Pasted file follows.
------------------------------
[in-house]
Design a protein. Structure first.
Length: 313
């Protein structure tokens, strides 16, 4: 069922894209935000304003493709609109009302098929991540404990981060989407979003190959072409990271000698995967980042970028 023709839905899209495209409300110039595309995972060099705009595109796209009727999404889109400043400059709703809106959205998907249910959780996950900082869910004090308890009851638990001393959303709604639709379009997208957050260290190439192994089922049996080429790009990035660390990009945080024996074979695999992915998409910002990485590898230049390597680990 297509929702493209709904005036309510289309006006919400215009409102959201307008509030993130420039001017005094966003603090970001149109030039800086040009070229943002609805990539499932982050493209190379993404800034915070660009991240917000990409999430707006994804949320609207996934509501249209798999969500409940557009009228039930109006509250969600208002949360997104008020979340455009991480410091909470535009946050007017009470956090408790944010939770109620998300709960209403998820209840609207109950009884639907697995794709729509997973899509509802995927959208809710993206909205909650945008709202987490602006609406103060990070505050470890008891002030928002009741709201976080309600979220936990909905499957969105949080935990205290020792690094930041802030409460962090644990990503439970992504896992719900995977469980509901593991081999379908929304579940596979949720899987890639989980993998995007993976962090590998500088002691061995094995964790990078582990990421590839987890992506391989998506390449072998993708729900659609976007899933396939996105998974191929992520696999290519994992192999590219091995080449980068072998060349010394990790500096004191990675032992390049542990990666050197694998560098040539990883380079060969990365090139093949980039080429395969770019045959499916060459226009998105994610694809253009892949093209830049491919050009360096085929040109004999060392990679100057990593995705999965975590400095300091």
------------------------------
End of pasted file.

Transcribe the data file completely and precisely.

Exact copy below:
[in-house]
Design a protein. Structure first.
Length: 313
């Protein structure tokens, strides 16, 4: 069922894209935000304003493709609109009302098929991540404990981060989407979003190959072409990271000698995967980042970028 023709839905899209495209409300110039595309995972060099705009595109796209009727999404889109400043400059709703809106959205998907249910959780996950900082869910004090308890009851638990001393959303709604639709379009997208957050260290190439192994089922049996080429790009990035660390990009945080024996074979695999992915998409910002990485590898230049390597680990 297509929702493209709904005036309510289309006006919400215009409102959201307008509030993130420039001017005094966003603090970001149109030039800086040009070229943002609805990539499932982050493209190379993404800034915070660009991240917000990409999430707006994804949320609207996934509501249209798999969500409940557009009228039930109006509250969600208002949360997104008020979340455009991480410091909470535009946050007017009470956090408790944010939770109620998300709960209403998820209840609207109950009884639907697995794709729509997973899509509802995927959208809710993206909205909650945008709202987490602006609406103060990070505050470890008891002030928002009741709201976080309600979220936990909905499957969105949080935990205290020792690094930041802030409460962090644990990503439970992504896992719900995977469980509901593991081999379908929304579940596979949720899987890639989980993998995007993976962090590998500088002691061995094995964790990078582990990421590839987890992506391989998506390449072998993708729900659609976007899933396939996105998974191929992520696999290519994992192999590219091995080449980068072998060349010394990790500096004191990675032992390049542990990666050197694998560098040539990883380079060969990365090139093949980039080429395969770019045959499916060459226009998105994610694809253009892949093209830049491919050009360096085929040109004999060392990679100057990593995705999965975590400095300091």